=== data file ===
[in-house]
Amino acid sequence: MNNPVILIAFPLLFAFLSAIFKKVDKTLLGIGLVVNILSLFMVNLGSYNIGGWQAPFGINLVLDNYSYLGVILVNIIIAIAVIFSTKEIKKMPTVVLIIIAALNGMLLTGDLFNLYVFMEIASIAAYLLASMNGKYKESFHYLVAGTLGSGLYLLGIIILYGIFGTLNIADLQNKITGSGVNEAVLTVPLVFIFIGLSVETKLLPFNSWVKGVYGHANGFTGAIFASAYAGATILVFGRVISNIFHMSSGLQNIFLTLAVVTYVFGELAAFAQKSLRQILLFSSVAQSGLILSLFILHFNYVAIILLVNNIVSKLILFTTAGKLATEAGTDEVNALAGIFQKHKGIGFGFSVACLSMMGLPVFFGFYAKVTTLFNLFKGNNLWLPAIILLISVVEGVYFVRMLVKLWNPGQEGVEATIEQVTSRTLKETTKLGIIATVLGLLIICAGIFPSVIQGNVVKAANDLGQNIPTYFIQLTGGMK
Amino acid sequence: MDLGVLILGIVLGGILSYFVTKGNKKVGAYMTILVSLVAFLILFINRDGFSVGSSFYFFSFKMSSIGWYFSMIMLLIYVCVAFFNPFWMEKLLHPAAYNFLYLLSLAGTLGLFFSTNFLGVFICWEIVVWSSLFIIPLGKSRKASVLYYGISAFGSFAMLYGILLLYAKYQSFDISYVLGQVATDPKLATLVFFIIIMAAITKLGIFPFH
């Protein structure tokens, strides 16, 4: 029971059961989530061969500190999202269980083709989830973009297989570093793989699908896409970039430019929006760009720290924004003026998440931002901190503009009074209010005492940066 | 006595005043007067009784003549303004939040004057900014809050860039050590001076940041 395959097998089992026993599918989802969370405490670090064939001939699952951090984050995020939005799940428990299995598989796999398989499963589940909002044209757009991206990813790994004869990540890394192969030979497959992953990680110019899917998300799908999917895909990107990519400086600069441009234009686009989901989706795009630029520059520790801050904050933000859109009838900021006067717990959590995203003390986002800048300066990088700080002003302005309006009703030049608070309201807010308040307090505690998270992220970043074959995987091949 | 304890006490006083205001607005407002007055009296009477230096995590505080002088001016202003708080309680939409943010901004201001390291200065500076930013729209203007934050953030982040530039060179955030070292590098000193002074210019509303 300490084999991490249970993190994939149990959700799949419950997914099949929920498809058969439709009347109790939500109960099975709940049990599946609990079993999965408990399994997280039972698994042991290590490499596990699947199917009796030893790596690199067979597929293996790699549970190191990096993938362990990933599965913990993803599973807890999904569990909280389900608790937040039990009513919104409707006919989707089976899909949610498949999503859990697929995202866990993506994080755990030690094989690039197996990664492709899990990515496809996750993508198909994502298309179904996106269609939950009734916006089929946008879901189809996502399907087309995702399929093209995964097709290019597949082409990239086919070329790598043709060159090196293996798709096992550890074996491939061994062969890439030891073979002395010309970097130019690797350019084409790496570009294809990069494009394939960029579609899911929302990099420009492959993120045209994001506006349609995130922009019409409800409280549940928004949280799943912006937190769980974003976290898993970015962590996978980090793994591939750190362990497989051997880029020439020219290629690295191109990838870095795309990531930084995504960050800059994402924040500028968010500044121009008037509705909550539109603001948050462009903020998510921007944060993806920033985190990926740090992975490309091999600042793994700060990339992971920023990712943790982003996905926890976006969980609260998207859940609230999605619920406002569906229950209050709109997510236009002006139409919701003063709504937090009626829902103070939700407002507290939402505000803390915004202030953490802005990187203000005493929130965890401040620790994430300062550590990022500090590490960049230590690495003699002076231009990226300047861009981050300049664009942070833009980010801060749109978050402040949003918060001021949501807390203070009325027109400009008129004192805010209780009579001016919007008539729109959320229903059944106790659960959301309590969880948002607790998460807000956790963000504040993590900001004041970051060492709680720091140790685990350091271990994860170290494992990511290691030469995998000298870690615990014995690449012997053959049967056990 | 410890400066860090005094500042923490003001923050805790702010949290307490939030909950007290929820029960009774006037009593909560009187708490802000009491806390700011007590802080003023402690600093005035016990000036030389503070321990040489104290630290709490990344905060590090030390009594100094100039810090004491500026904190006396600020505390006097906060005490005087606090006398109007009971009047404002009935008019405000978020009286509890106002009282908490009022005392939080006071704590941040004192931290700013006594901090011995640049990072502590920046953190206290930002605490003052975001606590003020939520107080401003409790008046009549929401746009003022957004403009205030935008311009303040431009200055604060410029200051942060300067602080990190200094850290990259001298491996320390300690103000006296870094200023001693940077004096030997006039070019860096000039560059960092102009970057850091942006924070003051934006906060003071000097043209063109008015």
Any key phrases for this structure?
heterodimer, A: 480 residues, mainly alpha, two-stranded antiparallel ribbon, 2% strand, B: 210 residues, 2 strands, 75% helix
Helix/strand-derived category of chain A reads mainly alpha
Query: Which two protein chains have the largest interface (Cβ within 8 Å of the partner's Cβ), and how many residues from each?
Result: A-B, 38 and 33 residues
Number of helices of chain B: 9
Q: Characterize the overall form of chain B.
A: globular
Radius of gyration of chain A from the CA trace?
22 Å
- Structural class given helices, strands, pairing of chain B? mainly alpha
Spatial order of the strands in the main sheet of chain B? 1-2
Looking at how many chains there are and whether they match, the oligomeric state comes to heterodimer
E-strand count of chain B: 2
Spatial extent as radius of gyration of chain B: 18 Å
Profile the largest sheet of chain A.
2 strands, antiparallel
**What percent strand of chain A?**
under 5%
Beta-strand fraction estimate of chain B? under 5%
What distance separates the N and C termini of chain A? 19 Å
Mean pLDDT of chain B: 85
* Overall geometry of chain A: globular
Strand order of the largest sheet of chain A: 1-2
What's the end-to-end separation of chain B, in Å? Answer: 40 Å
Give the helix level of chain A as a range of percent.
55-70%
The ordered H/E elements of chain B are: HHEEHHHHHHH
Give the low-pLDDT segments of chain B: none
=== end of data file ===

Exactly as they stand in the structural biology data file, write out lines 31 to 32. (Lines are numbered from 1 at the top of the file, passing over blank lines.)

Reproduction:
55-70%
The ordered H/E elements of chain B are: HHEEHHHHHHH